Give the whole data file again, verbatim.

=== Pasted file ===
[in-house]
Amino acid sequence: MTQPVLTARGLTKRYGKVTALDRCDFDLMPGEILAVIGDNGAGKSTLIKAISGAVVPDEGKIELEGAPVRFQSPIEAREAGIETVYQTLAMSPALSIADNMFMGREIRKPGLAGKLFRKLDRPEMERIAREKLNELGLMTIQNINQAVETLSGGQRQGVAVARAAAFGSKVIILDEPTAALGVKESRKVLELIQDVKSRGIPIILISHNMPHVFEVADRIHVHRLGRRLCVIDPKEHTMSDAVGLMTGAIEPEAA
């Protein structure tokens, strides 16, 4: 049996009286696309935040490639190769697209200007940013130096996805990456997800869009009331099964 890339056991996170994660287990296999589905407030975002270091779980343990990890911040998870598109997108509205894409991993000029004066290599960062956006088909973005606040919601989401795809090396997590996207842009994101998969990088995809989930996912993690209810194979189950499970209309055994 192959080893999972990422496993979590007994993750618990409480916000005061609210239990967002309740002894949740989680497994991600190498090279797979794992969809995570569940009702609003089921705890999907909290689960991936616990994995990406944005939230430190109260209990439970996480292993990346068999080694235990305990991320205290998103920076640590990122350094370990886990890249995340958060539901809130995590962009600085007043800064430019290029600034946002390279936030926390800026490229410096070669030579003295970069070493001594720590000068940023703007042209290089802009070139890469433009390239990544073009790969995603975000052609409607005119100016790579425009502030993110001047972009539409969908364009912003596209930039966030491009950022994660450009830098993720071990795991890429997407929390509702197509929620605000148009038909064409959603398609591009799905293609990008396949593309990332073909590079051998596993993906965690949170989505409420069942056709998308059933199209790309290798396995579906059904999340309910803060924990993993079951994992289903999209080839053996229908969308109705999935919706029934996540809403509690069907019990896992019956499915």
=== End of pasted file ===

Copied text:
[in-house]
Amino acid sequence: MTQPVLTARGLTKRYGKVTALDRCDFDLMPGEILAVIGDNGAGKSTLIKAISGAVVPDEGKIELEGAPVRFQSPIEAREAGIETVYQTLAMSPALSIADNMFMGREIRKPGLAGKLFRKLDRPEMERIAREKLNELGLMTIQNINQAVETLSGGQRQGVAVARAAAFGSKVIILDEPTAALGVKESRKVLELIQDVKSRGIPIILISHNMPHVFEVADRIHVHRLGRRLCVIDPKEHTMSDAVGLMTGAIEPEAA
């Protein structure tokens, strides 16, 4: 049996009286696309935040490639190769697209200007940013130096996805990456997800869009009331099964 890339056991996170994660287990296999589905407030975002270091779980343990990890911040998870598109997108509205894409991993000029004066290599960062956006088909973005606040919601989401795809090396997590996207842009994101998969990088995809989930996912993690209810194979189950499970209309055994 192959080893999972990422496993979590007994993750618990409480916000005061609210239990967002309740002894949740989680497994991600190498090279797979794992969809995570569940009702609003089921705890999907909290689960991936616990994995990406944005939230430190109260209990439970996480292993990346068999080694235990305990991320205290998103920076640590990122350094370990886990890249995340958060539901809130995590962009600085007043800064430019290029600034946002390279936030926390800026490229410096070669030579003295970069070493001594720590000068940023703007042209290089802009070139890469433009390239990544073009790969995603975000052609409607005119100016790579425009502030993110001047972009539409969908364009912003596209930039966030491009950022994660450009830098993720071990795991890429997407929390509702197509929620605000148009038909064409959603398609591009799905293609990008396949593309990332073909590079051998596993993906965690949170989505409420069942056709998308059933199209790309290798396995579906059904999340309910803060924990993993079951994992289903999209080839053996229908969308109705999935919706029934996540809403509690069907019990896992019956499915």